"But Link’s Awakening is not so black-and-white. Link doesn’t save the world at the end of his 1993 Game Boy misadventure. He simply wakes up, a dreamer troubled by nightmares, and like any figure from a dream—whether they’re just some Jungian archetype or just so much mental debris—it’s not clear he’s doing the right thing.”

Link’s Awakening is what happens when Zelda trades heroism for the murky morality of dreams


“Riven is still careful to let you investigate the realm in your own time. The fleeting glimpses of humanity, though, naturally create an urge to meet some of these folks. Why won’t they be your friend? That’s for you to figure out. The emptiness that was taken as a matter of fact in Myst is part of the puzzle in Riven; it enriches the tensions of the game.”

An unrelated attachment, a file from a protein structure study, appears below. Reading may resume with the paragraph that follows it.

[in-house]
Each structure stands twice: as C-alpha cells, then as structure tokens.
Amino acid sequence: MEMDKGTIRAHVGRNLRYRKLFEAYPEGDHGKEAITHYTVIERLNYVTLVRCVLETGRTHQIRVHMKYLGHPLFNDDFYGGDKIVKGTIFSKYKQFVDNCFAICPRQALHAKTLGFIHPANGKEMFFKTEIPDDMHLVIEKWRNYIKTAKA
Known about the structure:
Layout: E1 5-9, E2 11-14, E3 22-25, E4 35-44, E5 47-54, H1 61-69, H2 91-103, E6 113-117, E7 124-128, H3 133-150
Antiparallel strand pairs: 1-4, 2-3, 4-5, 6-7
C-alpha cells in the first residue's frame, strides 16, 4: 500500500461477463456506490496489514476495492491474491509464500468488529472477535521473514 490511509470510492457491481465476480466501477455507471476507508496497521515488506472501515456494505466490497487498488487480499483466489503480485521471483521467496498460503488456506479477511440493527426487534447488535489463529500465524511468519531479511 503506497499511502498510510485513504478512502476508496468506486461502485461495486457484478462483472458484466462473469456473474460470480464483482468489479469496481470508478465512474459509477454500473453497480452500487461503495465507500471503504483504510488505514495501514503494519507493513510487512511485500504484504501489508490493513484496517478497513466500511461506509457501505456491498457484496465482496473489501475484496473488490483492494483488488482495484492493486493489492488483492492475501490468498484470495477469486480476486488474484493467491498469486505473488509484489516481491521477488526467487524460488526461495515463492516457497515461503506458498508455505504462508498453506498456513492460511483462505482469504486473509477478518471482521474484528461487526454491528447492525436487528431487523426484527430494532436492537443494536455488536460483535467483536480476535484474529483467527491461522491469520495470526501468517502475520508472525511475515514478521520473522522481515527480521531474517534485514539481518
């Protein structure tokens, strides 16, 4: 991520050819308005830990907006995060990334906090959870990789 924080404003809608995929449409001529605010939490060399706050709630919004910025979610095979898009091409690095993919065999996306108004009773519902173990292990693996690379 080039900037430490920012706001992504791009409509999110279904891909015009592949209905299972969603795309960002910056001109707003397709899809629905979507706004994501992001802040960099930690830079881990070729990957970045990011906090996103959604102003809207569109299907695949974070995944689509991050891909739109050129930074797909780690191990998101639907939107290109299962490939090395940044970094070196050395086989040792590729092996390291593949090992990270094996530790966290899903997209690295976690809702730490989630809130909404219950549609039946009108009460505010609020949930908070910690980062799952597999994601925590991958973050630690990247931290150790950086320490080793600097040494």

—Our latest “Special Topics In Gameology” series is about emptiness in games. Myst uses it to calm you; its sequel, Riven, uses it to provoke you. High-res

Riven is still careful to let you investigate the realm in your own time. The fleeting glimpses of humanity, though, naturally create an urge to meet some of these folks. Why won’t they be your friend? That’s for you to figure out. The emptiness that was taken as a matter of fact in Myst is part of the puzzle in Riven; it enriches the tensions of the game.”

—Our latest “Special Topics In Gameology” series is about emptiness in games. Myst uses it to calm you; its sequel, Riven, uses it to provoke you.